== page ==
The Romanian Leu has suffered this loss of value mainly because of the lack of trust in it.
What does ROL stand for?
ROL stands for Romanian Leu (former Currency Unit, ISO)
This definition appears very frequently and is found in the following Acronym Finder categories:
- Military and Government
See other definitions of ROL
We have 51 other meanings of ROL in our Acronym Attic
- Ring of Light (gaming)
- Rise of Legends (video game)
- Risk of Loss (commercial transactions)
- Risultato Operativo Lordo (Italian: Gross Operating Result; taxes)
- Road Occupancy License (Australia)
- Rock of Love (TV show)
- Rock Out Loud (band)
- Rock over London (London, UK)
- Rocketry Online
- Rotate Left
- Rule of Law
- Run of Loom (textiles)
- Rush of Love
- Recognition of Learning Affinity Group (Canada)
- Rule of Law and Human Rights
- Rest of Latin America
- Robert Owen Learning Academy (Leominster, Herefordshire, England, UK)
- Rollende Landstrasse (German railway transport line carrying vehicles on wheels)
- Ross Lake National Recreation Area (US National Park Service)
Samples in periodicals archive:
Foreign exchange specialist Travelex quizzed fans of the movies on their travel plans after spotting a marked increase in demand for the Romanian Leu - a 14% rise since the release of the first film in 2008.
As the table below shows, others weren't far behind: As the figures show, the $ performance has beenA boosted by the surge in key floating east European currencies, including the Hungarian forint, the Romanian leu, and the Polish zloty, against the euro,A and the euro's 8 per cent appreciation against a weakening dollar.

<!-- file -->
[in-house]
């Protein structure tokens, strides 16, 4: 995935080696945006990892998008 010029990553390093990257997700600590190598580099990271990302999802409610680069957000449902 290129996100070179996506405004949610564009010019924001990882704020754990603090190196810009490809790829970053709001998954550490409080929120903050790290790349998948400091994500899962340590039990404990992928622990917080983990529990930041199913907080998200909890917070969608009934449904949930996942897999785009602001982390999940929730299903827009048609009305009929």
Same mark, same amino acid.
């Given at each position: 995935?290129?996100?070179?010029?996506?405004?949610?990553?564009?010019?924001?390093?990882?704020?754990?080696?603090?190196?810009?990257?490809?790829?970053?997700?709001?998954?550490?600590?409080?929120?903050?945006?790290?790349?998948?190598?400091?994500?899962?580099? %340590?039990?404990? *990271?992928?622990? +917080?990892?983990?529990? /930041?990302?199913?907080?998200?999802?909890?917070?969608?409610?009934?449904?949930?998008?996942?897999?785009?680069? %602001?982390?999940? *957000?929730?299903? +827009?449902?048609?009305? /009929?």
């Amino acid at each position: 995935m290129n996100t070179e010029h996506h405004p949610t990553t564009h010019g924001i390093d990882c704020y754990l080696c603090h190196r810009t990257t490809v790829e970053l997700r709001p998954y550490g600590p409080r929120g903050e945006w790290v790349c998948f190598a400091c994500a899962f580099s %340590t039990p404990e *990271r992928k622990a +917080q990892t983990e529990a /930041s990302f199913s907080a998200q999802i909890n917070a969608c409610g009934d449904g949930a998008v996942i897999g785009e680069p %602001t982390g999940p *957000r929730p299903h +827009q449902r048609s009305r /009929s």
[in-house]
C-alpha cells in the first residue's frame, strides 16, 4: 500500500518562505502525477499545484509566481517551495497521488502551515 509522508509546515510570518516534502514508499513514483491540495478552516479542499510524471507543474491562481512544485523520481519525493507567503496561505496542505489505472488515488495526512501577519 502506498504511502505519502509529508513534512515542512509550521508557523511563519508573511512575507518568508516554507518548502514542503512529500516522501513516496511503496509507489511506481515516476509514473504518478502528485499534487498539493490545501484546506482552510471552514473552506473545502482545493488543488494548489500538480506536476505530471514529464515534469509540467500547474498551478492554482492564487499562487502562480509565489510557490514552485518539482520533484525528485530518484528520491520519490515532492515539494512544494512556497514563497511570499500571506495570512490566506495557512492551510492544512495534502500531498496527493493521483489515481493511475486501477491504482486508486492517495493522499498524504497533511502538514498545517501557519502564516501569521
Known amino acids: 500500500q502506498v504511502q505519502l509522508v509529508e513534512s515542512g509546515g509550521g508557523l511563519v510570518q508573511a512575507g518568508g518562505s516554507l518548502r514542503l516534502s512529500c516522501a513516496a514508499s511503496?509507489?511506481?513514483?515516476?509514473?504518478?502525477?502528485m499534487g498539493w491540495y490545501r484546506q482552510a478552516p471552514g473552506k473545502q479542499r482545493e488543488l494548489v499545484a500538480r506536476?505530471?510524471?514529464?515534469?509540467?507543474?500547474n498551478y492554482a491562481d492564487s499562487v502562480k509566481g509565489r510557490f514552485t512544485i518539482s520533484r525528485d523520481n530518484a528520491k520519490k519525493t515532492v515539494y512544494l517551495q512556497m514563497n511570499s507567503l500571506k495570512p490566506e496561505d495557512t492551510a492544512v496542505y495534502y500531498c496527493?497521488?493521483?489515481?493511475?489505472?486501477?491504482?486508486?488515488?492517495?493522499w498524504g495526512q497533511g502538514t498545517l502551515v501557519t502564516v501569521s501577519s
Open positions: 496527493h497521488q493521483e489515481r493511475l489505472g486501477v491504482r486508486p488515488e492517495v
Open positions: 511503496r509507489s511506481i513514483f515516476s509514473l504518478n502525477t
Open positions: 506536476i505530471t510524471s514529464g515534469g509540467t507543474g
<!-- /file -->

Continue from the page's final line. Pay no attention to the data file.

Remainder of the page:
The central bank has also decided to maintain the current ratios of the minimum reserve requirements at 15 percent for Romanian leu liabilities and 25 percent for foreign currency liabilities.
Accordingly, the bank will start trading Bulgarian Lev, Iranian Rial, Romanian Leu and Russian Ruble.
In comparison to the solvency of these currencies back in August 2007, the Hungarian Forint lost 17%, the Polish Zloty lost 20%, the British Pound Sterling lost 23%, and the Romanian Leu lost 26%, all while the Euro only lost 6%.
When the Hungarian forint, Romanian leu, and other weaker scrips began plunging last summer, the cost of repaying those loans skyrocketed.
The Hungarian forint, the Czech koruna, the Polish zloty and the Romanian leu have been shaken by fears of massive capital flight from the region during the economic crisis and concern over the health of banks there.